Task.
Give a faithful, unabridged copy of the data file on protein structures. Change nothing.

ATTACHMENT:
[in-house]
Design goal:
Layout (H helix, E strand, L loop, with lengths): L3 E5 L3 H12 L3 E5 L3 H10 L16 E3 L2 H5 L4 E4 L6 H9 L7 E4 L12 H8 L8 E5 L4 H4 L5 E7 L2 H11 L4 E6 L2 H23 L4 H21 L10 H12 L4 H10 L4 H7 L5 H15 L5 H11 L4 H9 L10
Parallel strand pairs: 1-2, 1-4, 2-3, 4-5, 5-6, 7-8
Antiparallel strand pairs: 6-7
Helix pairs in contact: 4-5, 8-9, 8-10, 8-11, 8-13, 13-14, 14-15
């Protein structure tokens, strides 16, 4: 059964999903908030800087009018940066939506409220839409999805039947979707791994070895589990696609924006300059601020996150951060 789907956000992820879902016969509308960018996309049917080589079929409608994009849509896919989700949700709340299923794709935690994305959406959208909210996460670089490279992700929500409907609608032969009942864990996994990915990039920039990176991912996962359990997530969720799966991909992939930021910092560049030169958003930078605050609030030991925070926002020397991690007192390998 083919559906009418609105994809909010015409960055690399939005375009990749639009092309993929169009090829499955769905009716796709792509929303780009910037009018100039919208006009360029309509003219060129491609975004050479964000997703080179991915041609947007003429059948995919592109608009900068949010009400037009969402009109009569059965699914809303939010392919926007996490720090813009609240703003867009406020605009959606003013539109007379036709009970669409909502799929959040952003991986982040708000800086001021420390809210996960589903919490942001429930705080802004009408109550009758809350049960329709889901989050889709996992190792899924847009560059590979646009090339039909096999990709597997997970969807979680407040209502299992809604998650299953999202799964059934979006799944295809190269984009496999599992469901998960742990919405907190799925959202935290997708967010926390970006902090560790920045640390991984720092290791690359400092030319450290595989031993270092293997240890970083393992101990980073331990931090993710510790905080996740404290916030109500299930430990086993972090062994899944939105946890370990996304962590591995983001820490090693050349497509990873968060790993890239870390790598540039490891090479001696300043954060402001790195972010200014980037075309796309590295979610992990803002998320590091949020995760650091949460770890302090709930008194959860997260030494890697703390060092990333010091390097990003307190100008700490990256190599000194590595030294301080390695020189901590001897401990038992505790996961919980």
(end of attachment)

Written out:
[in-house]
Design goal:
Layout (H helix, E strand, L loop, with lengths): L3 E5 L3 H12 L3 E5 L3 H10 L16 E3 L2 H5 L4 E4 L6 H9 L7 E4 L12 H8 L8 E5 L4 H4 L5 E7 L2 H11 L4 E6 L2 H23 L4 H21 L10 H12 L4 H10 L4 H7 L5 H15 L5 H11 L4 H9 L10
Parallel strand pairs: 1-2, 1-4, 2-3, 4-5, 5-6, 7-8
Antiparallel strand pairs: 6-7
Helix pairs in contact: 4-5, 8-9, 8-10, 8-11, 8-13, 13-14, 14-15
């Protein structure tokens, strides 16, 4: 059964999903908030800087009018940066939506409220839409999805039947979707791994070895589990696609924006300059601020996150951060 789907956000992820879902016969509308960018996309049917080589079929409608994009849509896919989700949700709340299923794709935690994305959406959208909210996460670089490279992700929500409907609608032969009942864990996994990915990039920039990176991912996962359990997530969720799966991909992939930021910092560049030169958003930078605050609030030991925070926002020397991690007192390998 083919559906009418609105994809909010015409960055690399939005375009990749639009092309993929169009090829499955769905009716796709792509929303780009910037009018100039919208006009360029309509003219060129491609975004050479964000997703080179991915041609947007003429059948995919592109608009900068949010009400037009969402009109009569059965699914809303939010392919926007996490720090813009609240703003867009406020605009959606003013539109007379036709009970669409909502799929959040952003991986982040708000800086001021420390809210996960589903919490942001429930705080802004009408109550009758809350049960329709889901989050889709996992190792899924847009560059590979646009090339039909096999990709597997997970969807979680407040209502299992809604998650299953999202799964059934979006799944295809190269984009496999599992469901998960742990919405907190799925959202935290997708967010926390970006902090560790920045640390991984720092290791690359400092030319450290595989031993270092293997240890970083393992101990980073331990931090993710510790905080996740404290916030109500299930430990086993972090062994899944939105946890370990996304962590591995983001820490090693050349497509990873968060790993890239870390790598540039490891090479001696300043954060402001790195972010200014980037075309796309590295979610992990803002998320590091949020995760650091949460770890302090709930008194959860997260030494890697703390060092990333010091390097990003307190100008700490990256190599000194590595030294301080390695020189901590001897401990038992505790996961919980």